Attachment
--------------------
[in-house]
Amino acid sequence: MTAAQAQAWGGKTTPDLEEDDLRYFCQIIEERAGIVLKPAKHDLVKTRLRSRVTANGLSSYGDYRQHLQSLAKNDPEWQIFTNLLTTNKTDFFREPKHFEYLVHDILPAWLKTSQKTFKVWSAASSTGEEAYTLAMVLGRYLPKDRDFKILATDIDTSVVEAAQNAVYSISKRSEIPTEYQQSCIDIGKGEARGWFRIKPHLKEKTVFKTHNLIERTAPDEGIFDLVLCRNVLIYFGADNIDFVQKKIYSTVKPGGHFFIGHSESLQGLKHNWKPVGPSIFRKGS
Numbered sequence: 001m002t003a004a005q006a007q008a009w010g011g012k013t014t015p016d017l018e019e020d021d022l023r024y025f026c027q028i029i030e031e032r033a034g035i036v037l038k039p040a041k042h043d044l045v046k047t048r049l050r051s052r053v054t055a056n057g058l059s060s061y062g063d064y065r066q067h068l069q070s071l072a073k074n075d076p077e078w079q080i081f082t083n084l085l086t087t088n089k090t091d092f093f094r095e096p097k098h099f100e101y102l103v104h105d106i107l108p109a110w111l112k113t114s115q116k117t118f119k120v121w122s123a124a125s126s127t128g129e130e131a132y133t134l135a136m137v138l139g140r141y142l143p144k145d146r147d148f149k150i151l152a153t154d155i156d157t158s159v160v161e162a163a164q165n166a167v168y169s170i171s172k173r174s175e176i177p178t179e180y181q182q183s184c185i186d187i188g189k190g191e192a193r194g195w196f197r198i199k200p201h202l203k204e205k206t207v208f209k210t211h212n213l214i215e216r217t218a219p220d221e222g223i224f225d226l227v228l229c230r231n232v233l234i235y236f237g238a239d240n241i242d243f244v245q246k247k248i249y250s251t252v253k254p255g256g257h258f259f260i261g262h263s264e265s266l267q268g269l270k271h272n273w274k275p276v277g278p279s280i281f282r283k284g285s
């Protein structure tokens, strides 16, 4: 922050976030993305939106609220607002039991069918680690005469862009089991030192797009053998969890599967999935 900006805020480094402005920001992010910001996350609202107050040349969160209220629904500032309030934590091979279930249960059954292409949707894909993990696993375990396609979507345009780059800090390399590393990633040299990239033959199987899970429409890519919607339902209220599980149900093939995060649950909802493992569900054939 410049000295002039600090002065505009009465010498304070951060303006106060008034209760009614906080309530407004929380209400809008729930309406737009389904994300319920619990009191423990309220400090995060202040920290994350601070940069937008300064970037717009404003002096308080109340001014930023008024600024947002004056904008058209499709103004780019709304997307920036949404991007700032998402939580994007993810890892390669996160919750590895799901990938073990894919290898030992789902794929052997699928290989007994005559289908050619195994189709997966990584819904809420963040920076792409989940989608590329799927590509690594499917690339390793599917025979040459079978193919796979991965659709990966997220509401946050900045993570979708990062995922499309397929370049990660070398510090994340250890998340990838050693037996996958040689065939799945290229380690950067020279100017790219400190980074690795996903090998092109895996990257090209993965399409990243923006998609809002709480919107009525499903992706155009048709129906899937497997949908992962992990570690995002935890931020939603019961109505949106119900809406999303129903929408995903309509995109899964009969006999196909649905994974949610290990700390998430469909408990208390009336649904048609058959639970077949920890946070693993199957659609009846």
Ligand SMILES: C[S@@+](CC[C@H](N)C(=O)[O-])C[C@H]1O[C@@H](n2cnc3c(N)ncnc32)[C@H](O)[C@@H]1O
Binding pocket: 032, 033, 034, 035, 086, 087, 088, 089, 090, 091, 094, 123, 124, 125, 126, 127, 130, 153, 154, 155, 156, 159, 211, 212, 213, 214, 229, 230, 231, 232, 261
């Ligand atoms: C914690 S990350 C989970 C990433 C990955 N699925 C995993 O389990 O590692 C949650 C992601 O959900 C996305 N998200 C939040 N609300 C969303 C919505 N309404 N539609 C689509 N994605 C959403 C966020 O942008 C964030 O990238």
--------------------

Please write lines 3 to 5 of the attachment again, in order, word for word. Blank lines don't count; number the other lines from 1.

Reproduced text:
Numbered sequence: 001m002t003a004a005q006a007q008a009w010g011g012k013t014t015p016d017l018e019e020d021d022l023r024y025f026c027q028i029i030e031e032r033a034g035i036v037l038k039p040a041k042h043d044l045v046k047t048r049l050r051s052r053v054t055a056n057g058l059s060s061y062g063d064y065r066q067h068l069q070s071l072a073k074n075d076p077e078w079q080i081f082t083n084l085l086t087t088n089k090t091d092f093f094r095e096p097k098h099f100e101y102l103v104h105d106i107l108p109a110w111l112k113t114s115q116k117t118f119k120v121w122s123a124a125s126s127t128g129e130e131a132y133t134l135a136m137v138l139g140r141y142l143p144k145d146r147d148f149k150i151l152a153t154d155i156d157t158s159v160v161e162a163a164q165n166a167v168y169s170i171s172k173r174s175e176i177p178t179e180y181q182q183s184c185i186d187i188g189k190g191e192a193r194g195w196f197r198i199k200p201h202l203k204e205k206t207v208f209k210t211h212n213l214i215e216r217t218a219p220d221e222g223i224f225d226l227v228l229c230r231n232v233l234i235y236f237g238a239d240n241i242d243f244v245q246k247k248i249y250s251t252v253k254p255g256g257h258f259f260i261g262h263s264e265s266l267q268g269l270k271h272n273w274k275p276v277g278p279s280i281f282r283k284g285s
């Protein structure tokens, strides 16, 4: 922050976030993305939106609220607002039991069918680690005469862009089991030192797009053998969890599967999935 900006805020480094402005920001992010910001996350609202107050040349969160209220629904500032309030934590091979279930249960059954292409949707894909993990696993375990396609979507345009780059800090390399590393990633040299990239033959199987899970429409890519919607339902209220599980149900093939995060649950909802493992569900054939 410049000295002039600090002065505009009465010498304070951060303006106060008034209760009614906080309530407004929380209400809008729930309406737009389904994300319920619990009191423990309220400090995060202040920290994350601070940069937008300064970037717009404003002096308080109340001014930023008024600024947002004056904008058209499709103004780019709304997307920036949404991007700032998402939580994007993810890892390669996160919750590895799901990938073990894919290898030992789902794929052997699928290989007994005559289908050619195994189709997966990584819904809420963040920076792409989940989608590329799927590509690594499917690339390793599917025979040459079978193919796979991965659709990966997220509401946050900045993570979708990062995922499309397929370049990660070398510090994340250890998340990838050693037996996958040689065939799945290229380690950067020279100017790219400190980074690795996903090998092109895996990257090209993965399409990243923006998609809002709480919107009525499903992706155009048709129906899937497997949908992962992990570690995002935890931020939603019961109505949106119900809406999303129903929408995903309509995109899964009969006999196909649905994974949610290990700390998430469909408990208390009336649904048609058959639970077949920890946070693993199957659609009846």
Ligand SMILES: C[S@@+](CC[C@H](N)C(=O)[O-])C[C@H]1O[C@@H](n2cnc3c(N)ncnc32)[C@H](O)[C@@H]1O